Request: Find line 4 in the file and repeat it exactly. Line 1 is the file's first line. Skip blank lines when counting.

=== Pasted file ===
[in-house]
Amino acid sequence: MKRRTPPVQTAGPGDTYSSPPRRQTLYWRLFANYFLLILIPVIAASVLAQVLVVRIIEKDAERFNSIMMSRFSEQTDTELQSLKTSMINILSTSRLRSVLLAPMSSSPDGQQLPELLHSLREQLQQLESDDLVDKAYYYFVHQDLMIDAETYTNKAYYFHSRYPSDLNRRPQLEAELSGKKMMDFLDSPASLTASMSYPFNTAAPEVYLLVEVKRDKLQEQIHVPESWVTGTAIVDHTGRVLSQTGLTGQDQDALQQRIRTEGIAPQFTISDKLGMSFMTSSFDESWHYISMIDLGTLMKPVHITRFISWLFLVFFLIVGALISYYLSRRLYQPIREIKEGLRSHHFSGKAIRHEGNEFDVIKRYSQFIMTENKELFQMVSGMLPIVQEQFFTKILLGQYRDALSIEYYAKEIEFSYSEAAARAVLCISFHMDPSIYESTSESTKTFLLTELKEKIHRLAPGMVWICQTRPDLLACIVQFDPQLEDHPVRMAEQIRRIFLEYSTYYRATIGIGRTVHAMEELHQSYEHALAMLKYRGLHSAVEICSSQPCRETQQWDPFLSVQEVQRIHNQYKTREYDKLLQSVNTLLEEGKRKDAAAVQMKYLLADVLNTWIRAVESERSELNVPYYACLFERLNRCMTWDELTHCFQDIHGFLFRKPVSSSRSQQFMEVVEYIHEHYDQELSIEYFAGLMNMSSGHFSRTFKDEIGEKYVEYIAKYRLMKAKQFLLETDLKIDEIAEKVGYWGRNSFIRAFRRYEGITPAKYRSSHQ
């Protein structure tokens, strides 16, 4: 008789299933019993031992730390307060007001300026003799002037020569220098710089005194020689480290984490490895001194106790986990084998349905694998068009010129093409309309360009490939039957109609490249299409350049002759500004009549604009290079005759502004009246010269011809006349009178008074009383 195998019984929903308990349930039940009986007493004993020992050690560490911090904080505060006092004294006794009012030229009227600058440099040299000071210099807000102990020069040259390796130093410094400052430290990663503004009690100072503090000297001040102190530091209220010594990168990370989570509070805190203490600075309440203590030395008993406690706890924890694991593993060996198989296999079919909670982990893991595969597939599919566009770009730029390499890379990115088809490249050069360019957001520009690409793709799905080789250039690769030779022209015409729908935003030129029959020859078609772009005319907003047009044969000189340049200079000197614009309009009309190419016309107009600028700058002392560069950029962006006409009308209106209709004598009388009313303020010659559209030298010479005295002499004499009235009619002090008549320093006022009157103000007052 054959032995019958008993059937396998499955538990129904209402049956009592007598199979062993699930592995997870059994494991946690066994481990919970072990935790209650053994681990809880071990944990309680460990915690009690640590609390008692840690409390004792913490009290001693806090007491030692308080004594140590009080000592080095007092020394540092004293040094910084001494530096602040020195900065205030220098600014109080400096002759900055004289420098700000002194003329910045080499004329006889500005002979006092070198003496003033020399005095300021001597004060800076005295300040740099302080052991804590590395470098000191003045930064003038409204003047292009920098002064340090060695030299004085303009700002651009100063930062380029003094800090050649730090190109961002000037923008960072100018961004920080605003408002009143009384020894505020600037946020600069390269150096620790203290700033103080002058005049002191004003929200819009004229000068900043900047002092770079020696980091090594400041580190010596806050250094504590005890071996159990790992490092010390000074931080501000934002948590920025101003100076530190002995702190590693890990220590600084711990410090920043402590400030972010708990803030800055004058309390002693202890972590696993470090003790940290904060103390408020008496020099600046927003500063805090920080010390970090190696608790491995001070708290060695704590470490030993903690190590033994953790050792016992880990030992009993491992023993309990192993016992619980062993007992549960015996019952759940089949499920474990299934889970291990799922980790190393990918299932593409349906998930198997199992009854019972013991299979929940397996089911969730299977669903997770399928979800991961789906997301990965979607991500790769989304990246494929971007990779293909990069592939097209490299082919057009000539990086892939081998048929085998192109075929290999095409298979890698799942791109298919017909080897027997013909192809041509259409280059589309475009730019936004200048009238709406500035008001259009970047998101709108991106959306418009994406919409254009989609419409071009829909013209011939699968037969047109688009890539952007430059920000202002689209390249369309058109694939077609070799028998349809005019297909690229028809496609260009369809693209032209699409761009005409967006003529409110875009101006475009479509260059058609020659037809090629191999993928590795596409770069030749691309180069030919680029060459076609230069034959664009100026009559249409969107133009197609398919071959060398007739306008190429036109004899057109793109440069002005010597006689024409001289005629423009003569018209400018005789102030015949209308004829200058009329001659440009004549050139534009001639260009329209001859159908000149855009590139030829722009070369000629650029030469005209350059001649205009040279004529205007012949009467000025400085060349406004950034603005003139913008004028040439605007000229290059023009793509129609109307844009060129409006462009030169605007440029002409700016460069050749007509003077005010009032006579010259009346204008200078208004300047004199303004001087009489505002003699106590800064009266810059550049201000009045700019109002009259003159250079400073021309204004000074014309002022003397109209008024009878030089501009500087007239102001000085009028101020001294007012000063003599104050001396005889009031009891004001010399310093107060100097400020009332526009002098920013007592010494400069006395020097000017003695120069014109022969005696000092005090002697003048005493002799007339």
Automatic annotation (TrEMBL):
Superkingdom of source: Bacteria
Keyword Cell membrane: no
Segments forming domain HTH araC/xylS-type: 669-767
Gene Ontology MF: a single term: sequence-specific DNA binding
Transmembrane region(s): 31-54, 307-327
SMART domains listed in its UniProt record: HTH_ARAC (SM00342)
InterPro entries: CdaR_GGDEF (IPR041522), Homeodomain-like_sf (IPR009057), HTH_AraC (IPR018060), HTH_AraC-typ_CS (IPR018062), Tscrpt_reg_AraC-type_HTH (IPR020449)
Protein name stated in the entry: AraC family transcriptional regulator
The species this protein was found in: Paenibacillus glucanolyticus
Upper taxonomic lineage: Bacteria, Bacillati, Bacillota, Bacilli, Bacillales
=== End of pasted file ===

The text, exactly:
Automatic annotation (TrEMBL):